Experts call for revisions of China's rising CPI

19:52, January 21, 2010      

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Liu Qi, an advertising firm employee in Beijing for eight years, Thursday spent 80 yuan (11.7 U.S. dollars) at a supermarket. About a half went on food and the rest on daily necessities.

However, the biggest financial pressure for the 29-year-old is not food, but her plan to buy an apartment in the city as home prices had risen through the roof.

China's Consumer Price Index (CPI), the main inflation gauge, climbed 1.9 percent year on year in December, mainly boosted by food, rent and related prices, Ma Jiantang, director of the National Bureau of Statistics (NBS), said Thursday.

The CPI in November and December was lifted by rising consumption on the back of faster economic expansion, and food price hikes caused by winter weather, said Xiong Peng, a senior researcher with Shanghai-based Bank of Communications (BOC), China's fifth largest lender, Thursday.

A BOC report out Thursday predicted year-on-year CPI growth might stand between 3 percent and 4 percent in 2010.

"I have felt vegetable, egg and meat prices rise quickly after heavy storms and temperature drops in Beijing and neighboring provinces. But my food bill is still around 1,200 yuan per month. I don't have plans to curtail my food shopping list," Liu said.

Vegetable prices surged 16.4 percent in December from the previous month, Ma said, without specifying figures.

Another 1,300 yuan of Liu's income went on rent for her bedsit, power, water and maintenancee bills, accounting for more than a fifth of her monthly income.

"I spend about 1,000 yuan to party or dine out with friends, another 500 yuan on clothing and 200 on my cellphone credit each month. Most of my colleagues and classmates have similar situations. I can't save much. Buying a home is an unrealistic goal for me now, and to rent a bigger apartment is a luxury I can't afford," Liu said.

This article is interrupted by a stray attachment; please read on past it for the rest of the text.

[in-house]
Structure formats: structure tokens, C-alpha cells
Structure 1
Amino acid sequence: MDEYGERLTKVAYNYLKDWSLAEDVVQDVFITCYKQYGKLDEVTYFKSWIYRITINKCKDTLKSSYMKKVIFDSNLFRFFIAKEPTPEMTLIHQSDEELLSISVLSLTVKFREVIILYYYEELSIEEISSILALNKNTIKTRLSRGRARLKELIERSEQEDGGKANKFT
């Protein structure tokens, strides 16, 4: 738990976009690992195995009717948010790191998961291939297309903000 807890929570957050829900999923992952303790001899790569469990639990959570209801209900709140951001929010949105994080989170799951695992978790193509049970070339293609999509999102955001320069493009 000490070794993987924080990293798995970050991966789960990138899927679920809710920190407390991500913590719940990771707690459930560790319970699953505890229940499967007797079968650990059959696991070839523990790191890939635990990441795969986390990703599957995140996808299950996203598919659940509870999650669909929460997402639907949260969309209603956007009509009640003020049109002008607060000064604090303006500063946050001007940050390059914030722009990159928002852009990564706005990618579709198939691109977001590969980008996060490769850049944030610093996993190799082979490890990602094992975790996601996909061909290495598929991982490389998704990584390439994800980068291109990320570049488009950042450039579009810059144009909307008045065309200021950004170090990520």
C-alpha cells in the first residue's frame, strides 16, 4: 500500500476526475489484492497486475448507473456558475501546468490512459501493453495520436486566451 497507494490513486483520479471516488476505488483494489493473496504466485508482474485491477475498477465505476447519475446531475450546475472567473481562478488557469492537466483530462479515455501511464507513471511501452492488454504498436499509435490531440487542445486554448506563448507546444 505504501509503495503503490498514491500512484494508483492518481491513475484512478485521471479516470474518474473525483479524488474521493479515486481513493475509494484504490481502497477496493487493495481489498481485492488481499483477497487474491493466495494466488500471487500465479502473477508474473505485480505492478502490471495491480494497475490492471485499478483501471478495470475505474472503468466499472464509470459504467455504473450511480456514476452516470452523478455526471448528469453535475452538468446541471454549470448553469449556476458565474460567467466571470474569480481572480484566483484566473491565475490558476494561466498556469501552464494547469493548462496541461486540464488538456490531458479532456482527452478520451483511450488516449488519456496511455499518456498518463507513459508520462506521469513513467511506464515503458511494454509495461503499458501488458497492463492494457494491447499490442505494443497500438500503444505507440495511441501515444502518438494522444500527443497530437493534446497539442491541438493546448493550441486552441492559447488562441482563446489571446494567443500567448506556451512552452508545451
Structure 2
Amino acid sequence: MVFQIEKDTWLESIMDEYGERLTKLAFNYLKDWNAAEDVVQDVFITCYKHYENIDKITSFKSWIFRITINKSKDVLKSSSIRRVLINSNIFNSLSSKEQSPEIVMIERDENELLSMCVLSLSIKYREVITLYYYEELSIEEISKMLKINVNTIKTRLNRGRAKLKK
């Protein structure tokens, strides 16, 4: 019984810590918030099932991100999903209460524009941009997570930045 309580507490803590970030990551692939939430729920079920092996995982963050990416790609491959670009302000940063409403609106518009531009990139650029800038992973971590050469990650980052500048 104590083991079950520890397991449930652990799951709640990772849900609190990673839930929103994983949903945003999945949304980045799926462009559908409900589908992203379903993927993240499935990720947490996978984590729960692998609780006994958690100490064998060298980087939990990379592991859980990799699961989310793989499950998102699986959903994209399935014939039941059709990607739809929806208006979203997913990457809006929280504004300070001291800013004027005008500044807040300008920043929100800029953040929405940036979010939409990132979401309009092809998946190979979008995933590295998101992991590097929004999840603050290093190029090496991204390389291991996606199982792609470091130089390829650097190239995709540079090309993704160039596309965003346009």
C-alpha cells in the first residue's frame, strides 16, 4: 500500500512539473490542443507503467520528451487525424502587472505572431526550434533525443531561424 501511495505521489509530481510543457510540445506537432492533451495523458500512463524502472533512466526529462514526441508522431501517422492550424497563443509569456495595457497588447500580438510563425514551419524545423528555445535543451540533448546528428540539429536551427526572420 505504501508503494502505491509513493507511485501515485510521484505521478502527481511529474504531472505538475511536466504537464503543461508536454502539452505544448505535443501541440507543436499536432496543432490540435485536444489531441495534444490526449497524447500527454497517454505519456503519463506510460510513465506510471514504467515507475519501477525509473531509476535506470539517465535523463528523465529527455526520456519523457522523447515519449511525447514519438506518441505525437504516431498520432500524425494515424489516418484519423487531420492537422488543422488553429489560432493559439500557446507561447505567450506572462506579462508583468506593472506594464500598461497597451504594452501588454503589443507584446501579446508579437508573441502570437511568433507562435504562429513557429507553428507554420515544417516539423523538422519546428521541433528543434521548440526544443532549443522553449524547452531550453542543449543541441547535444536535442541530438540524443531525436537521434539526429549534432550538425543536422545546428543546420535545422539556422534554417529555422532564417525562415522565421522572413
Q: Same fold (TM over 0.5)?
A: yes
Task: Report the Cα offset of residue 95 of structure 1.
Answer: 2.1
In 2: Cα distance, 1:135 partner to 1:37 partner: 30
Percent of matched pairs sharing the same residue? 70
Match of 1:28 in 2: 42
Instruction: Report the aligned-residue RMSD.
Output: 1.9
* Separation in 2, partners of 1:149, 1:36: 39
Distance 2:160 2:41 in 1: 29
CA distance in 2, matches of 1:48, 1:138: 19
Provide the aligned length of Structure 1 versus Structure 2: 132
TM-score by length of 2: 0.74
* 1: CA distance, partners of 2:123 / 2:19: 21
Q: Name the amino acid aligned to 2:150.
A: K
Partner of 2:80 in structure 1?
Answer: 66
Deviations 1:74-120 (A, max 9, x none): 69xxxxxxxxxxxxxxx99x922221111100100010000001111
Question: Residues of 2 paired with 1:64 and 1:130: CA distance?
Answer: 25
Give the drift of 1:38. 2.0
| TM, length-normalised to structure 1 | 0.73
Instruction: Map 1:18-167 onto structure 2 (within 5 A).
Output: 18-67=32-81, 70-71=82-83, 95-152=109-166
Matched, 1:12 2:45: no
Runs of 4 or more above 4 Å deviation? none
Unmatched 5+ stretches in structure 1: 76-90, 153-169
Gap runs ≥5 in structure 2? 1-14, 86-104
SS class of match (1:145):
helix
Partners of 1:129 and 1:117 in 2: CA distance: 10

Second-hand home prices jumped about 43 percent near the southern Second Ring Road in Beijing last year where Liu lives, and apartment rents increased about 5 percent on average in this area, said Qin Rui, a senior analyst with Beijing-based 5i5j Real Estate Service.

The government has taken a series of tax, land and monetary measures in recent months to cool the property market, which has soared since February 2009 too much public complaint.

"I heard the inflation ratio was insignificantly bigger in November. I got a slightly bigger paycheck this year, but my income rise lagged behind home price and rental spikes," Liu said.

China's CPI fell 0.7 percent year on year in 2009. The CPI was up again in November by 0.6 percent from a year earlier, according to the NBS.

Source: Xinhua
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